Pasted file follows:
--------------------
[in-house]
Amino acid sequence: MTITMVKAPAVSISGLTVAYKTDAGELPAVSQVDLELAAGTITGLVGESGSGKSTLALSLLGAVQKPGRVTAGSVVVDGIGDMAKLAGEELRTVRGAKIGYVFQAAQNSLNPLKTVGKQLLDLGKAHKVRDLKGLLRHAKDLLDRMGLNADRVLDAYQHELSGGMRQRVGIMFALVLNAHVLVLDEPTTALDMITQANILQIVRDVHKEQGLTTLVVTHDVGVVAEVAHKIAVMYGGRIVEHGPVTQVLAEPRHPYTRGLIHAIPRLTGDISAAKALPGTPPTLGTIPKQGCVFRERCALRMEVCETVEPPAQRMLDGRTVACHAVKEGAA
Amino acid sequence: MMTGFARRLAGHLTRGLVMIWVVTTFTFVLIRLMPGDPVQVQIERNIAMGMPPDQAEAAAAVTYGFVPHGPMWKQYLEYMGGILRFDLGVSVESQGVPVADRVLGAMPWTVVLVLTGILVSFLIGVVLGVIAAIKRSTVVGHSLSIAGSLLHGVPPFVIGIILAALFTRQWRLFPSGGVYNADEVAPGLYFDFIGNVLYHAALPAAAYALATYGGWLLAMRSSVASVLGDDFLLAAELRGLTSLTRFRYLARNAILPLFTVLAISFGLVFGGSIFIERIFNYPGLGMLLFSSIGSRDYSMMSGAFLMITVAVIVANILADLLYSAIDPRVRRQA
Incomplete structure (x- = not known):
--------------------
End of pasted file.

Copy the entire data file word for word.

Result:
[in-house]
Amino acid sequence: MTITMVKAPAVSISGLTVAYKTDAGELPAVSQVDLELAAGTITGLVGESGSGKSTLALSLLGAVQKPGRVTAGSVVVDGIGDMAKLAGEELRTVRGAKIGYVFQAAQNSLNPLKTVGKQLLDLGKAHKVRDLKGLLRHAKDLLDRMGLNADRVLDAYQHELSGGMRQRVGIMFALVLNAHVLVLDEPTTALDMITQANILQIVRDVHKEQGLTTLVVTHDVGVVAEVAHKIAVMYGGRIVEHGPVTQVLAEPRHPYTRGLIHAIPRLTGDISAAKALPGTPPTLGTIPKQGCVFRERCALRMEVCETVEPPAQRMLDGRTVACHAVKEGAA
Amino acid sequence: MMTGFARRLAGHLTRGLVMIWVVTTFTFVLIRLMPGDPVQVQIERNIAMGMPPDQAEAAAAVTYGFVPHGPMWKQYLEYMGGILRFDLGVSVESQGVPVADRVLGAMPWTVVLVLTGILVSFLIGVVLGVIAAIKRSTVVGHSLSIAGSLLHGVPPFVIGIILAALFTRQWRLFPSGGVYNADEVAPGLYFDFIGNVLYHAALPAAAYALATYGGWLLAMRSSVASVLGDDFLLAAELRGLTSLTRFRYLARNAILPLFTVLAISFGLVFGGSIFIERIFNYPGLGMLLFSSIGSRDYSMMSGAFLMITVAVIVANILADLLYSAIDPRVRRQA
Incomplete structure (x- = not known):